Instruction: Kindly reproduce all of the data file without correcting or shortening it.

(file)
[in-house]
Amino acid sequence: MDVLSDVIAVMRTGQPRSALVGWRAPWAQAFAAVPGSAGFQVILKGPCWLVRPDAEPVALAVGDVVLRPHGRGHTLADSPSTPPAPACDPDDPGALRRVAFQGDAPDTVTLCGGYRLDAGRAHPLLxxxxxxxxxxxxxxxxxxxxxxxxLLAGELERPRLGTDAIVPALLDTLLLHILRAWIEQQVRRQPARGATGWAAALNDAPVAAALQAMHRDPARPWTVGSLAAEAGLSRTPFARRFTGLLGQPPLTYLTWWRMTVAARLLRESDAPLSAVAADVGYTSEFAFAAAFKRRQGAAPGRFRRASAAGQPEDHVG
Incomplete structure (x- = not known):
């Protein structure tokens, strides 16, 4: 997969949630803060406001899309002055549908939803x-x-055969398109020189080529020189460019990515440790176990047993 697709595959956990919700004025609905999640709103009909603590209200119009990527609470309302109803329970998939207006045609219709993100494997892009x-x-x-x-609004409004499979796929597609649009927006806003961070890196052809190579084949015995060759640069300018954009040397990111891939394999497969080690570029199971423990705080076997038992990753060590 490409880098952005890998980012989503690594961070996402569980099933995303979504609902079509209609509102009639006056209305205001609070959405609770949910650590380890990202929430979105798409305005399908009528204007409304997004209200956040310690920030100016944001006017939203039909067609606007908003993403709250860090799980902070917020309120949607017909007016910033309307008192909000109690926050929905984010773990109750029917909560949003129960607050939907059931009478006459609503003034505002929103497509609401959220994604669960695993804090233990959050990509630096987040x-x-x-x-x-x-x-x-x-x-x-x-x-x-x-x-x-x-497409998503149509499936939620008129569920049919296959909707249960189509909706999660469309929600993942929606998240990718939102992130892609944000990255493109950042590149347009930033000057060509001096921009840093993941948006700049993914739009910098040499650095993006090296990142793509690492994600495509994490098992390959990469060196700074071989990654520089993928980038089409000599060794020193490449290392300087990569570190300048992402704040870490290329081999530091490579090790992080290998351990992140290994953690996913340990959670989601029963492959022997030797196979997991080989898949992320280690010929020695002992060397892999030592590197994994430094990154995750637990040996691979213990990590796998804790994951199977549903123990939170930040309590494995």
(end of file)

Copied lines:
[in-house]
Amino acid sequence: MDVLSDVIAVMRTGQPRSALVGWRAPWAQAFAAVPGSAGFQVILKGPCWLVRPDAEPVALAVGDVVLRPHGRGHTLADSPSTPPAPACDPDDPGALRRVAFQGDAPDTVTLCGGYRLDAGRAHPLLxxxxxxxxxxxxxxxxxxxxxxxxLLAGELERPRLGTDAIVPALLDTLLLHILRAWIEQQVRRQPARGATGWAAALNDAPVAAALQAMHRDPARPWTVGSLAAEAGLSRTPFARRFTGLLGQPPLTYLTWWRMTVAARLLRESDAPLSAVAADVGYTSEFAFAAAFKRRQGAAPGRFRRASAAGQPEDHVG
Incomplete structure (x- = not known):
């Protein structure tokens, strides 16, 4: 997969949630803060406001899309002055549908939803x-x-055969398109020189080529020189460019990515440790176990047993 697709595959956990919700004025609905999640709103009909603590209200119009990527609470309302109803329970998939207006045609219709993100494997892009x-x-x-x-609004409004499979796929597609649009927006806003961070890196052809190579084949015995060759640069300018954009040397990111891939394999497969080690570029199971423990705080076997038992990753060590 490409880098952005890998980012989503690594961070996402569980099933995303979504609902079509209609509102009639006056209305205001609070959405609770949910650590380890990202929430979105798409305005399908009528204007409304997004209200956040310690920030100016944001006017939203039909067609606007908003993403709250860090799980902070917020309120949607017909007016910033309307008192909000109690926050929905984010773990109750029917909560949003129960607050939907059931009478006459609503003034505002929103497509609401959220994604669960695993804090233990959050990509630096987040x-x-x-x-x-x-x-x-x-x-x-x-x-x-x-x-x-x-497409998503149509499936939620008129569920049919296959909707249960189509909706999660469309929600993942929606998240990718939102992130892609944000990255493109950042590149347009930033000057060509001096921009840093993941948006700049993914739009910098040499650095993006090296990142793509690492994600495509994490098992390959990469060196700074071989990654520089993928980038089409000599060794020193490449290392300087990569570190300048992402704040870490290329081999530091490579090790992080290998351990992140290994953690996913340990959670989601029963492959022997030797196979997991080989898949992320280690010929020695002992060397892999030592590197994994430094990154995750637990040996691979213990990590796998804790994951199977549903123990939170930040309590494995």